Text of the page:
Limbo. That’s the word most people use to describe the state of affairs in a critical part of our economy — housing finance. The government-sponsored enterprises (GSEs), Fannie Mae and Freddie Mac, which were nationalized almost five years ago with the seemingly noble goal of eventually getting rid of them, now back some 90 percent of American mortgages. So much for good riddance!
But talk of reform finally seems close to action. Senator Bob Corker (R-Tenn.) and Senator Mark Warner (D-Va.) have proposed a bipartisan bill called, appropriately enough, Corker-Warner. Meanwhile, the House Financial Services Committee, led by Representative Jeb Hensarling (R-Texas), has produced its own bill, the more grandiosely entitled Protecting American Taxpayers and Homeowners, or PATH Act. Last Tuesday, during a speech in Phoenix, President Barack Obama weighed in. “Private lending should be the backbone of the housing market,” the president said. That same day there was also a housing policy forum at the George W. Bush Presidential Center in Texas, where, among others, Hensarling spoke.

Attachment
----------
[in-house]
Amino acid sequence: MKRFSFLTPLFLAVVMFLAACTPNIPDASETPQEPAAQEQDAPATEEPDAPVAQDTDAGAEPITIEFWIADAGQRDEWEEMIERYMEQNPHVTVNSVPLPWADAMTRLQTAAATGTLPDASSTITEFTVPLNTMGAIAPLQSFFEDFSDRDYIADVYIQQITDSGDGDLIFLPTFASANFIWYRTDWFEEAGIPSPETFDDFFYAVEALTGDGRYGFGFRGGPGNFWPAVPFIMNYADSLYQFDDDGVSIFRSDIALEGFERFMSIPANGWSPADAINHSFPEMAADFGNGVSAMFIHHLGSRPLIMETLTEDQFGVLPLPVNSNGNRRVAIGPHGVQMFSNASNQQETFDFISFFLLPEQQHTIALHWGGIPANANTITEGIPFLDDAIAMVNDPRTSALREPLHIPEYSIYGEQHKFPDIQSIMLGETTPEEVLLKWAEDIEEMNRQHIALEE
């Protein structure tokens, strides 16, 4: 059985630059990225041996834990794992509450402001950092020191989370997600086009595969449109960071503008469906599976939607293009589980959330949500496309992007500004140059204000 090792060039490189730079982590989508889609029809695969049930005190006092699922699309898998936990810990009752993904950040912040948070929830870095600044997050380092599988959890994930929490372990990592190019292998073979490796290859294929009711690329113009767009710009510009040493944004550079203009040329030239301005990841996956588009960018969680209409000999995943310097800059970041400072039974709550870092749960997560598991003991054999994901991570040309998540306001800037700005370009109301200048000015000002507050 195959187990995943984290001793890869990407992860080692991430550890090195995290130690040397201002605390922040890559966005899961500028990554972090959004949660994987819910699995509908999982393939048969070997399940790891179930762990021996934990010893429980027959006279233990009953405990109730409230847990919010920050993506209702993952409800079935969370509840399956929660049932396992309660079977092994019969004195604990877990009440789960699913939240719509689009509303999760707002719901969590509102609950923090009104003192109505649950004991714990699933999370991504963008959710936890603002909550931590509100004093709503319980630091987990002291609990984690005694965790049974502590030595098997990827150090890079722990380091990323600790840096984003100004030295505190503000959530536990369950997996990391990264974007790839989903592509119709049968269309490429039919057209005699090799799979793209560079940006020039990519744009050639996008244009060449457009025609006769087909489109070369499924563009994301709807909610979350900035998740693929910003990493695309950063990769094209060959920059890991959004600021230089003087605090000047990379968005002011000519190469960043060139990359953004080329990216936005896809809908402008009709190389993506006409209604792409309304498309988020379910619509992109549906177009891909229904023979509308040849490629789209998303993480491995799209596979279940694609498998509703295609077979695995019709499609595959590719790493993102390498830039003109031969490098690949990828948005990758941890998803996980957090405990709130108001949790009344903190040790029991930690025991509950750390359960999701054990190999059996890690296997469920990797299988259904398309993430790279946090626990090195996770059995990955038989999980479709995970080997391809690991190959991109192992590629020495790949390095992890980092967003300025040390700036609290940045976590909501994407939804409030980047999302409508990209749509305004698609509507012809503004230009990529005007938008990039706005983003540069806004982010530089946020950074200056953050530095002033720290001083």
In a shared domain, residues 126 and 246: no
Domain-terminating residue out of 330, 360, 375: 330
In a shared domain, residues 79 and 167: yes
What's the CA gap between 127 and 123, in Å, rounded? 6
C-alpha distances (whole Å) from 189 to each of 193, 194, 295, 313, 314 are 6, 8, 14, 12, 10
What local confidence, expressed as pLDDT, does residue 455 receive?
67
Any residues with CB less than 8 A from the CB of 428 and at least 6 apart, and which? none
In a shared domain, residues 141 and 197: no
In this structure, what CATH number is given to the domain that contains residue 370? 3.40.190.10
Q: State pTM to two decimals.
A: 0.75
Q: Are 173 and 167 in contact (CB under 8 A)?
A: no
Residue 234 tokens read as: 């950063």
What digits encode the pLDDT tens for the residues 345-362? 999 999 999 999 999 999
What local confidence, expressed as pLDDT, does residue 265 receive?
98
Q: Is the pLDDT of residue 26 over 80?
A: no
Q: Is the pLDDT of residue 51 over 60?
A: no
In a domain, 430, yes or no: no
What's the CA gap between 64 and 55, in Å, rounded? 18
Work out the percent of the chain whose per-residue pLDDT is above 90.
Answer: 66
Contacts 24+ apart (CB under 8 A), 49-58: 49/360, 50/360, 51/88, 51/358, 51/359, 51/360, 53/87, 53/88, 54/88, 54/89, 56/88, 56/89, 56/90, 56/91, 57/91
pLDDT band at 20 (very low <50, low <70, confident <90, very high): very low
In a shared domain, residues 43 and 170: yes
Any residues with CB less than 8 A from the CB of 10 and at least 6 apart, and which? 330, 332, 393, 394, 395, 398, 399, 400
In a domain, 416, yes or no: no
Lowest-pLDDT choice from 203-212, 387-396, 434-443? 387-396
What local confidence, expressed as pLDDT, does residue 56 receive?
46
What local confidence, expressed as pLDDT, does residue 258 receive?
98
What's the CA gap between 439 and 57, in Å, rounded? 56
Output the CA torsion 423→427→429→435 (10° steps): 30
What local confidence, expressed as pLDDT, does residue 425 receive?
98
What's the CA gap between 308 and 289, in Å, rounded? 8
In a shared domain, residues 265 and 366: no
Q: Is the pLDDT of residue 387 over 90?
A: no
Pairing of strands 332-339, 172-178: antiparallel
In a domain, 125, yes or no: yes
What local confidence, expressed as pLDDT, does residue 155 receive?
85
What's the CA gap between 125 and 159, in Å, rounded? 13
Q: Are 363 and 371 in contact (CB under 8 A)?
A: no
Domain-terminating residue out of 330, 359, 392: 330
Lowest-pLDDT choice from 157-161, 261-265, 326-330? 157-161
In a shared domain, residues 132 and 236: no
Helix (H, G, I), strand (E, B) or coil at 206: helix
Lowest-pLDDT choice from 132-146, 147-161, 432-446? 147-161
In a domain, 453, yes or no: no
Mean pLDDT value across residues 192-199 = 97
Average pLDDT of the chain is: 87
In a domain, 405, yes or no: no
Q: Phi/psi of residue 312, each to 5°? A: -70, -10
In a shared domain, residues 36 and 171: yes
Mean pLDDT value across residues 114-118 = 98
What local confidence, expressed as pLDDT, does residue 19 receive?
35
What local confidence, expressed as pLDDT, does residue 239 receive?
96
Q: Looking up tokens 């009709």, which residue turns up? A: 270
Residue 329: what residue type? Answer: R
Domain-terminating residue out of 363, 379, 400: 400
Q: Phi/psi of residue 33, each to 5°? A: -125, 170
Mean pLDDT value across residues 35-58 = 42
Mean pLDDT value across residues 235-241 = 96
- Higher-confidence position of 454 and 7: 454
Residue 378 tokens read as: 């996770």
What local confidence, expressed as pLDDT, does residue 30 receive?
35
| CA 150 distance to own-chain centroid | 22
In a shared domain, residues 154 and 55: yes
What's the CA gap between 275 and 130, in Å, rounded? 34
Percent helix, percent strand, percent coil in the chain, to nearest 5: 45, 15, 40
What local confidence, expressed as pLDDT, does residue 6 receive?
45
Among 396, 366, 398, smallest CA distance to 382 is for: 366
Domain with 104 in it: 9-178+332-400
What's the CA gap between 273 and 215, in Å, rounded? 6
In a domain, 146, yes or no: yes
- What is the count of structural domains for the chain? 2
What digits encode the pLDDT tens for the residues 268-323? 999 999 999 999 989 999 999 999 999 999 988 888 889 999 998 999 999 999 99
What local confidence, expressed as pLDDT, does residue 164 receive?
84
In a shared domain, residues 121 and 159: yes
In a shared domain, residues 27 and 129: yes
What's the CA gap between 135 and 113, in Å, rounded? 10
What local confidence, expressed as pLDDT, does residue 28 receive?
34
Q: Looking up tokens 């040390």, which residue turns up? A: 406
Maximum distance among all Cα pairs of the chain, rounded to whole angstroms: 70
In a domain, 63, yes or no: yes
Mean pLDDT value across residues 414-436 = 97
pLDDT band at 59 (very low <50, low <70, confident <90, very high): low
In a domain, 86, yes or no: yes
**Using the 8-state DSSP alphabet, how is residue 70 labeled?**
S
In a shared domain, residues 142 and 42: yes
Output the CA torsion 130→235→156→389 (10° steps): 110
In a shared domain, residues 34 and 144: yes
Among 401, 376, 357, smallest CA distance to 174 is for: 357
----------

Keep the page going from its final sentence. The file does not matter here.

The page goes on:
Everyone (well, almost everyone) seems to agree with the president: Private lending should be the backbone of the housing market. But just how much private capital does that entail? Hensarling and most of the Republicans think the government should get out of the game entirely. American Enterprise Institute scholar Peter Wallison, a long-time critic of the GSEs, recently wrote a piece in the Wall Street Journal entitled “Competing Visions for the Future of Housing Finance,” in which he called any remaining government presence “faux reform.”
Corker and Warner (and Obama) want the government somewhat out of the way — but still there as a backstop. Then there’s the liberal Democrat wing, personified by Senate Majority Leader Harry Reid (D-Nev.), who announced in a radio interview that he fears Obama’s proposal will crimp home ownership. Unfortunately, these stances are too often vague stakeouts of ideological positions about the role of government — and too rarely about the very basic math of housing finance.
Right now, there is about $10 trillion of mortgage-related debt outstanding. Fannie and Freddie securities make up roughly $4.4 trillion — slightly less than half — of that. The largest holder, in turn, of these Fannie and Freddie securities are U.S. commercial banks, which in the first quarter of 2013 held roughly $1.6 trillion of them. Another huge chunk — more than $1 trillion — is held by the Federal Reserve. About the same amount is held by “the rest of the world” — often foreign central banks and sovereign wealth funds — and another chunk about that size is held by mutual funds.